Julia Buckley (author of Madeline Mann)
I Don't Know How She Does It by Allison Pearson
My forgotten book is a relatively recent bestseller(2002),
but one that people may have forgotten about by now,
and which is worth a re-read. It’s called I Don’t Know How She Does It,
by Allison Pearson. I first read a little blurb about this book in a
magazine and thought it sounded intriguing.It was about a woman (named Kate
Reddy) with the same old problem—wanting it all
—who finds that it’s very stressful to have it all. She is a mother,
a wife, a high-powered executive. She is still young and attractive,
but always stressed out and continually exhausted.She is very funny
and often tragic. And yes, this book will make you laugh and cry,
whether or not you’ve been in Kate’s situation. But almost all
women, I think, can relate to this heroine, as you will find
when you read this wonderful, wonderful book. Pearson precedes
Chapter 1 with an epigraph: the definition of the word “juggle.”
And that is what Kate does throughout her life, starting with the first
chapter, which finds Kate in her kitchen at almost two in the morning,
hitting mince pies with a rolling pin. You see, she has to contribute
to the refreshments for her daughter’s school carol concert.
She bought the pies at the store, but she wants them to appear homemade
so that the “good mothers” who don’t have jobs don’t look at her with
their special brand of superiority.
Kate has only just returned from a business trip to the States,
but she feels obligated to be a good mother and create the false
image of homemade pies. Pearson’s diction is beautiful and
heartbreaking. Kate looks outside, after her husband sleepily tells
her to come to bed, and sees that “a crescent moon is reclining
in its deck chair over
” and then reflects that it must be London
a Man in the Moon, because “if it were a Woman in the Moon,
she’d never sit down.”
And thus begin Kate’s exhausting yet wonderful
adventures, in a tale which is a tribute to real women everywhere.
M.J.Rose (author of The Reincarnationist)
Grammercy Park by Paula Cohen
Grammercy Park by Paula Cohen, was published seven years ago and I came
across it by accident via - if you liked X, you'll like Y -
and something about the cover or the title intrigued me enough to
read the description and then order the book and then read the book.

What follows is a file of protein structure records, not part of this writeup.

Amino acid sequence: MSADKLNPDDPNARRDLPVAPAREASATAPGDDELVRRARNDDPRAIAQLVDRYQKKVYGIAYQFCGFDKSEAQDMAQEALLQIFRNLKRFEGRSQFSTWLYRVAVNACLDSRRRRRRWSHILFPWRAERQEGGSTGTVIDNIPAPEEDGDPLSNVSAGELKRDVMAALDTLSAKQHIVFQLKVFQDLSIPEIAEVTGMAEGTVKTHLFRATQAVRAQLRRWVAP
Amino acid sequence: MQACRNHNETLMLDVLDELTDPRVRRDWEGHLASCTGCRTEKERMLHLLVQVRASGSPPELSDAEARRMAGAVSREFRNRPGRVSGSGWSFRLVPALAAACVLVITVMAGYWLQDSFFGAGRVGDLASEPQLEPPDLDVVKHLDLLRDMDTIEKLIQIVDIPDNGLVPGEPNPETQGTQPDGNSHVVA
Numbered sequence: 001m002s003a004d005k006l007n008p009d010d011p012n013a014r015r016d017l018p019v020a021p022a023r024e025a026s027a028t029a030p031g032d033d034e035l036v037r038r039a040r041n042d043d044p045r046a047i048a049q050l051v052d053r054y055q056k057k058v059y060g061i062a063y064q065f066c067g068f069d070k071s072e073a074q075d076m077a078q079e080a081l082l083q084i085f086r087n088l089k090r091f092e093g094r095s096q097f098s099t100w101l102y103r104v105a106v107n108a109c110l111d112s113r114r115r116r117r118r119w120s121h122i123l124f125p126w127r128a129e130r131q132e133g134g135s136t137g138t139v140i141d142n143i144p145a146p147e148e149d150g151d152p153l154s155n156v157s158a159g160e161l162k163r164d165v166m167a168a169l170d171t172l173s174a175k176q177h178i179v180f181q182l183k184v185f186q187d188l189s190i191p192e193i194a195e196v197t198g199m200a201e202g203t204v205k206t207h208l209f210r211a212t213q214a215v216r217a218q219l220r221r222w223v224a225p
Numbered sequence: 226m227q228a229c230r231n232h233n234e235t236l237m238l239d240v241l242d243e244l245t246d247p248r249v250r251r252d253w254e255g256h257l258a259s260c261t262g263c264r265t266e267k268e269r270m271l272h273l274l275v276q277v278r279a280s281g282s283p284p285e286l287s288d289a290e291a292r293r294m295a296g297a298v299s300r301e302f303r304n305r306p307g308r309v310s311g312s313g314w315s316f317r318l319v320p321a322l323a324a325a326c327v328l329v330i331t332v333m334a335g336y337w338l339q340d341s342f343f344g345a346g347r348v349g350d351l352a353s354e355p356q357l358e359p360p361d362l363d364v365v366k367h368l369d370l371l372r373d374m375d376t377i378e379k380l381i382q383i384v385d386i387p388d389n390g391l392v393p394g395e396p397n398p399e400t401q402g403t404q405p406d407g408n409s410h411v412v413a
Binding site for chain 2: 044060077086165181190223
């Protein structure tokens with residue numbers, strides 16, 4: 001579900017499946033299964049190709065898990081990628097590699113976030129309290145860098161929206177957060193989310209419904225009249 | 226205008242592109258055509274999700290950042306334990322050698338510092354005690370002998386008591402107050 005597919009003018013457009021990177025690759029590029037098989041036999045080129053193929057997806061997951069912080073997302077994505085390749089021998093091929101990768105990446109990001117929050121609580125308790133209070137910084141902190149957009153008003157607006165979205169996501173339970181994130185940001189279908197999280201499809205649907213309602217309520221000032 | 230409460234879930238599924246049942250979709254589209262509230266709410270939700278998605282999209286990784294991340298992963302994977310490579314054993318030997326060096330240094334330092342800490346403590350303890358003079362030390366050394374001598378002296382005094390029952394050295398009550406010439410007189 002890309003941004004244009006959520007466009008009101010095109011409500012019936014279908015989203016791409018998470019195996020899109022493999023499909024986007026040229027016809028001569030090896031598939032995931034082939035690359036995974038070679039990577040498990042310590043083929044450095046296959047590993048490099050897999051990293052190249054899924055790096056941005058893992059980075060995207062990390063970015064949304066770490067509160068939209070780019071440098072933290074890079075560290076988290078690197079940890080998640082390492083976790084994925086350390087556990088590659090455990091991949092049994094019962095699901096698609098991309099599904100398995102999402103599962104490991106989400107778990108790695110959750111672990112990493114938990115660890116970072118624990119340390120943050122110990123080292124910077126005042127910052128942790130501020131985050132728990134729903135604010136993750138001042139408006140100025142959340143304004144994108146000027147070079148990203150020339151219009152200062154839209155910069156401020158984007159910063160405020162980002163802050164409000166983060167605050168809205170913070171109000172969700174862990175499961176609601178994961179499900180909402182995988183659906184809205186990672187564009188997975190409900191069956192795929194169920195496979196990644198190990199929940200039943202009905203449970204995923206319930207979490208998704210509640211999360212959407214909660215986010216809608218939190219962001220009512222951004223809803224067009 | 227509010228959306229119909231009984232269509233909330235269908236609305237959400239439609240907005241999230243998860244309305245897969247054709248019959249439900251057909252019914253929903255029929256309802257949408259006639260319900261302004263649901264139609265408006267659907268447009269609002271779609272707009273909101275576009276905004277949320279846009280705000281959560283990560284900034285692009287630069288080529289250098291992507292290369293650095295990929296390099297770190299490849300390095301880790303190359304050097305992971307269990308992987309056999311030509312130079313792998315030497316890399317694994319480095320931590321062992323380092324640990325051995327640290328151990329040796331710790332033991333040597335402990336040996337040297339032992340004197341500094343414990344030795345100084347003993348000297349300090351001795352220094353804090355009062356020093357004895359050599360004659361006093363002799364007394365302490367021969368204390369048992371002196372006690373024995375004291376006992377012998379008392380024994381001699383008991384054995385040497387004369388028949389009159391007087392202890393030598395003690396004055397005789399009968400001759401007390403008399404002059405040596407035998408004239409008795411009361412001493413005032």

And loved it.
This is what the Amazon review says and I agree: "Smart, tender, witty and titillating libidinous, Cohen's debut fiction is a credit to the genre of the historical novel. Set in 1894 in the eponymous
Sean Chercover, (author of Big City, Bad Blood)
For years I’ve been pimping Derek Raymond to anyone who would
listen. His four-book Factory series, narrated by an unnamed
police detective, are about as bleak and beautiful as it gets.
Those willing to look at the dark side will be richly rewarded.
There is no hope for redemption here, but Raymond’s language is
poetic, and there is sometimes humor to be found in the darkness.
(finally) back in print, thanks to the good folks at Serpent’s Tail.
So you won’t have to search used bookstores and garage sales to find
a copy. Start at the beginning, with HE DIED WITH HIS EYES OPEN.
Then read (in order) THE DEVIL’S HOME ON LEAVE, HOW THE DEAD LIVE,
and I WAS DORA SUAREZ. This last one is so bleak you might want to
lock up the razor blades before reading it. Thanks, Sean.
Lee Lofland (author Police Procedure and Investigation, A Guide For Writers)
Postmortem by Patricia Cornwell
The first autopsy I ever attended as a police officer was performed by Dr. Marcello Fierro,
Patricia Cornwell, having worked in
Cornwell’s first book Postmortem is based on a real case that took place in
In Postmortem, Scarpetta takes the reader on a grisly journey through the historic streets of
Postmortem is a convoluted tale of a stealthy serial killer who committed his deeds under the cover of darkness with an unusual level of intelligence. This story was also, for many readers, a first glimpse at forensic science—the original CSI.
This early work was Cormwell in her shining moment. A great read
Robin Agnew (proprietor of Aunt Agatha's Books in Ann Arbor, MI)